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What is the future for European Union?

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What is the future for European Union? Introduction For some, the European Union (EU) is an economic salvation that helps to protect any economic recession, while to others it is an economic disaster which is destroying national sovereignty. Despite the different opinions, it is a fact that European Union is one of the world's largest economic communities which will have a big impact in the future economy. The EU is an integration which began in 1951 when the Treaty of Rome was first signed between six European countries. Many other countries joined since then such as United Kingdom, Spain, Austria, etc. Today, the EU has 15 Member States, 11 of which will be in full Economic and Monetary Union, using EURO as a single currency and irrevocably fix their exchange rates together. Their decision was so important because it represents one of the greatest economic experiments in Europe. Formation of the European Union has been a long process, through a lot of meetings and signing a lot of treaties between countries. However, there are still a lot of problems that the EU is likely to face in the future. ...read more.


European Economy, No.65, 1998 There is a concern that some new entrants may have a very different economic structures and priorities to the existing EU members. Therefore, it has been predicted that it will be very difficult for EMU to succeed due to the diverse economies, different inflation, unemployment rates and economic growth. According to the supporters of EMU, the influence of the enlargement policy will lead to the formation of a larger regional economic association with up to 500 million consumers instead of the current 370 million. More consumers mean a better allocation of resources, take advantage of economies of scale and improve EU's competitiveness in world trade. The result is that there will be a better, stronger Europe. Nevertheless, there are some problems identified which associates with the enlargement policy. Firms may be attracted by the low labour and capital cost provided by Eastern Europe countries and therefore causes unemployment level in Western European to increase. Markets which are most at risk would be the ones where EU has traditionally imposed high tariffs to protect the domestic industries. Although there are a lot of potential future members of the EU from Eastern and Southern Europe, these countries have a low GNP and distribute a lot of money in the agricultural workforce. ...read more.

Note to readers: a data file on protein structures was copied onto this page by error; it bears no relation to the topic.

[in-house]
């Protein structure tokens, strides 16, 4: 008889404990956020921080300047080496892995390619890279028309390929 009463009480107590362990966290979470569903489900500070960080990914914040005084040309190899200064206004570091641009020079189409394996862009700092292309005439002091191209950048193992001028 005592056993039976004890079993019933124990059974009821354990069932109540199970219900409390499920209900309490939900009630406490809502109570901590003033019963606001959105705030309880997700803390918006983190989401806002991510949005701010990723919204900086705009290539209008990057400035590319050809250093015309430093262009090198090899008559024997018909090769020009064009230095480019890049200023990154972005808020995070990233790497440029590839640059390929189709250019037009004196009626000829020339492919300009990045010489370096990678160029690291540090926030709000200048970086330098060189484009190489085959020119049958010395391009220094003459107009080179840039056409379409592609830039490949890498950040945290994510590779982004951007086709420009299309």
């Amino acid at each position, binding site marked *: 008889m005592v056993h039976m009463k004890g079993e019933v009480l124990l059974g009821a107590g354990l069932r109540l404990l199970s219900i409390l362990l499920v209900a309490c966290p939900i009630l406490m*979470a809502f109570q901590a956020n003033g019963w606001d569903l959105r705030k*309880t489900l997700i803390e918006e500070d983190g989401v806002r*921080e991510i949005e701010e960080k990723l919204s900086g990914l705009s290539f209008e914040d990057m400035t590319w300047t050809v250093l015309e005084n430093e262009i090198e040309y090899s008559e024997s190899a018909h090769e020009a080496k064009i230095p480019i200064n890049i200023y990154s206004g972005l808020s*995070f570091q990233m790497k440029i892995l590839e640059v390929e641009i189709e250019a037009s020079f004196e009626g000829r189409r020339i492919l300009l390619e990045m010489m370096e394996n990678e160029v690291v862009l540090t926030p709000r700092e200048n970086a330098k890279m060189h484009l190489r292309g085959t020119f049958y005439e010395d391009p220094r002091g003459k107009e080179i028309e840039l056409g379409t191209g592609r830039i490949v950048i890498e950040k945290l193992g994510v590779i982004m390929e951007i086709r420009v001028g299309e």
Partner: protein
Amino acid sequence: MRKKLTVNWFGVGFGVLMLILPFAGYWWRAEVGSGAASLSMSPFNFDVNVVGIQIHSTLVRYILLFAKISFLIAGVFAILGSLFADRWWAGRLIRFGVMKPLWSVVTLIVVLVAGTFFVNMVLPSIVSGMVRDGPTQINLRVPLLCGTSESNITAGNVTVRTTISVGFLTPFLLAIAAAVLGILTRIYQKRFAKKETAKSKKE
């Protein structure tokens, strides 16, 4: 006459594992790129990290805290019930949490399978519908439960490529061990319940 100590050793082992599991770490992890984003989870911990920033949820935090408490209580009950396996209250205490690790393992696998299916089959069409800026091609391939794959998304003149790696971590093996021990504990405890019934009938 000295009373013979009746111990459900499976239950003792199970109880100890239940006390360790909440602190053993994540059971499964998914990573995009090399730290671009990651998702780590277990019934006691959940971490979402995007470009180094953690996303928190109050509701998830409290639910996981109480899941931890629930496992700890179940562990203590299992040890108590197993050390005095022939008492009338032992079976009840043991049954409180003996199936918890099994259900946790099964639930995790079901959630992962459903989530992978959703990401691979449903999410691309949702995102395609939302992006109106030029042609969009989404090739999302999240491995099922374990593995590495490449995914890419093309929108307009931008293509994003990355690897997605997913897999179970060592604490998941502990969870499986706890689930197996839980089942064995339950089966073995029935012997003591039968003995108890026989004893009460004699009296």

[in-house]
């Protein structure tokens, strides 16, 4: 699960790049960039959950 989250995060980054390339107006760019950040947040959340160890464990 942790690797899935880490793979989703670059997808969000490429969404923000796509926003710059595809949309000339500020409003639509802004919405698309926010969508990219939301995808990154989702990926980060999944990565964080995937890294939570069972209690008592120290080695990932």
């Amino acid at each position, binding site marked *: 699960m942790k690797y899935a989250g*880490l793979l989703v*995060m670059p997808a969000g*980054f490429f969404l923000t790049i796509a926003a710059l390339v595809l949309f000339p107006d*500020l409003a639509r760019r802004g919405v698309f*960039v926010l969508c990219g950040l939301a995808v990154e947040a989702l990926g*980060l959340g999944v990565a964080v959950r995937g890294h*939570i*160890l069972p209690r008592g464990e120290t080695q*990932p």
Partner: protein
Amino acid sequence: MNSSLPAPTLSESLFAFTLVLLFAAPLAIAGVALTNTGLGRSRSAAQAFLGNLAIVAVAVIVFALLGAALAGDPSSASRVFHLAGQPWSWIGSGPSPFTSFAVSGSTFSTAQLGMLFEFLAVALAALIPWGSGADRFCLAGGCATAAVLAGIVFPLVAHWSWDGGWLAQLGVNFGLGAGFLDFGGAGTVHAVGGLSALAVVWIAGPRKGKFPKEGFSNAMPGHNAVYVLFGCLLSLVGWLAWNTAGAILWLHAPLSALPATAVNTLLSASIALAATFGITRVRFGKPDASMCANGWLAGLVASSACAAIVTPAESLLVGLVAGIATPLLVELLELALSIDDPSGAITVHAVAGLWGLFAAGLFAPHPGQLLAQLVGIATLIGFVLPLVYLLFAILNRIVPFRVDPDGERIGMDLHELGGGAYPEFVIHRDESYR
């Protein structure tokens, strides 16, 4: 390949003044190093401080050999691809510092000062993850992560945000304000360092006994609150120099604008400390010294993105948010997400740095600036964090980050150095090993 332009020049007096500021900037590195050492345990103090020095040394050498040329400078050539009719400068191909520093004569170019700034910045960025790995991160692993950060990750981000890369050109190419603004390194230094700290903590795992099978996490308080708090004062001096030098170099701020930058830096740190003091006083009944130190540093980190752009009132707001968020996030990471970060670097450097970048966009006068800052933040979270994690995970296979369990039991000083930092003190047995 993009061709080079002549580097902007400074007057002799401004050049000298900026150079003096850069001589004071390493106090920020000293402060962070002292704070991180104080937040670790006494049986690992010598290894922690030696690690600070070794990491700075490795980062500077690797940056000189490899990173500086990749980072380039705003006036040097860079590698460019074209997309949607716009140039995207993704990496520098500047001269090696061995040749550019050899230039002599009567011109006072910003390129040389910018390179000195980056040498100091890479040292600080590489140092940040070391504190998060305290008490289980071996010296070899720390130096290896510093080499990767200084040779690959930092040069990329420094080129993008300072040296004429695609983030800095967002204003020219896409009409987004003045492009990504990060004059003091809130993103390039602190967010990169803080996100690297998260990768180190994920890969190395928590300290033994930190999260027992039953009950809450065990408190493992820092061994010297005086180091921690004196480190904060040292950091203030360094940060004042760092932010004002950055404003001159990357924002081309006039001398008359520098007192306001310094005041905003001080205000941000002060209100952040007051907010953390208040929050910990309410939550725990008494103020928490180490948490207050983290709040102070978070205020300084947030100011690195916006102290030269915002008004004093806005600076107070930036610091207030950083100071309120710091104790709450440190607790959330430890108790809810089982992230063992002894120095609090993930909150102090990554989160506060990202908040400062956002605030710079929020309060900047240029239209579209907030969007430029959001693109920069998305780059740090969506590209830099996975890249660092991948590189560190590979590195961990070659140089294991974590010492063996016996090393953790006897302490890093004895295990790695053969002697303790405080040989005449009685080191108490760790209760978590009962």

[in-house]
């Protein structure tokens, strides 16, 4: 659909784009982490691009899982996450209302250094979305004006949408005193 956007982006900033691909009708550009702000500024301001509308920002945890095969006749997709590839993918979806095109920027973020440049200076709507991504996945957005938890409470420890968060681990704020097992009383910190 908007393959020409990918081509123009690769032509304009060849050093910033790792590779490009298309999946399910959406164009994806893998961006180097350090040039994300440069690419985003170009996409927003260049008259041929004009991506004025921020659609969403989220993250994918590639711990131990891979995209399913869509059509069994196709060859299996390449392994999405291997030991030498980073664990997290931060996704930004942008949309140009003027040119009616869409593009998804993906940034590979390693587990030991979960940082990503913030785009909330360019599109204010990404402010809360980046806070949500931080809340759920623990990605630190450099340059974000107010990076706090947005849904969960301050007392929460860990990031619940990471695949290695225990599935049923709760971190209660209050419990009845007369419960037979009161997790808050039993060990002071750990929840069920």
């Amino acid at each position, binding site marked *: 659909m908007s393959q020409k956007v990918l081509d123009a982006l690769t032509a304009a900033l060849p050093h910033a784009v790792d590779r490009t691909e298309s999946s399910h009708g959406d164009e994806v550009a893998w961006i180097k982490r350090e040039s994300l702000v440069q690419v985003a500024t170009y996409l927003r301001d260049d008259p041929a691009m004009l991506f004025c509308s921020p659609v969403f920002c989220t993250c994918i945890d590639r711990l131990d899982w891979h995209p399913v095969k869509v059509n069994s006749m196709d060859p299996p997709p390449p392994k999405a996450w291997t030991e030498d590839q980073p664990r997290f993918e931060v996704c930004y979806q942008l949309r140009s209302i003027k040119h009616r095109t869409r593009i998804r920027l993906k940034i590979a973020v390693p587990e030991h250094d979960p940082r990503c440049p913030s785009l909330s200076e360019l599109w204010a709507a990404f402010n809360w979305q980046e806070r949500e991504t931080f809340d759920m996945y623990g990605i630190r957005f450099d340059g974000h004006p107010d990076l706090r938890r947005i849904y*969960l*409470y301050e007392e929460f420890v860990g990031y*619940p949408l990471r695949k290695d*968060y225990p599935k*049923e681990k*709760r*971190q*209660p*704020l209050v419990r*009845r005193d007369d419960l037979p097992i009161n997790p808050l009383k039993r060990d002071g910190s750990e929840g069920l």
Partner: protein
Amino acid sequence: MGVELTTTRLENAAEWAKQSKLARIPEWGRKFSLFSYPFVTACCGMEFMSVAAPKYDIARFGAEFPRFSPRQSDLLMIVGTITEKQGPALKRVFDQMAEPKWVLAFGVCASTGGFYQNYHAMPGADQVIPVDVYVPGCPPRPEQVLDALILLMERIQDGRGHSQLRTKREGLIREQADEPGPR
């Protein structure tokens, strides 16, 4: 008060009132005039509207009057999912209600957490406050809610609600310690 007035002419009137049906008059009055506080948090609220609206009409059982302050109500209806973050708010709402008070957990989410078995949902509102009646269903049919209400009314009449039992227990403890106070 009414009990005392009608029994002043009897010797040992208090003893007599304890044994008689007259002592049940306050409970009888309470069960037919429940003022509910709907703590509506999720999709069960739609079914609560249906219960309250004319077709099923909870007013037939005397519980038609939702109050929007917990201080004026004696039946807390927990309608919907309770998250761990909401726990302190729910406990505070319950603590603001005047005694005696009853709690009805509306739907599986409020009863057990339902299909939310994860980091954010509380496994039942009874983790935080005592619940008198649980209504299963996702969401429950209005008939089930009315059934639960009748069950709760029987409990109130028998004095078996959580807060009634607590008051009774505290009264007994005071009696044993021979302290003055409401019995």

An appropriate policy is necessary to adjust and improve their own situation therefore it is hard to make all the members agree on a single policy that can satisfy all the member countries. Further investigations can be carried out by research different institutions responsible for the organization and enlargement of EU such as the Council of the EU, European Commission, European Central Bank, European Parliament, etc. This will allow a deeper insight into how the EU organizes and faces the existing problems which I have discussed in this report. Investigate each member country's EU department would also be a wise idea as it will allow us to view different perspectives, how they deal with situations, etc. Conclusion EMU is suggested to be an economic and political experiment. To decide whether a country should join EMU can be a complicated decision because it will base on a considerable amount of economic evidence, opinions, predictions and sources available at that time. In addition, the political factors must not be ignored as it is equally important, besides it is almost impossible to separate economic arguments from political. Surveys, research of arguments and opinions are necessary to analyse whether EMU membership will be favourable for the economy. Careful considerations are required as it will affect the whole country and its economy. ...read more.

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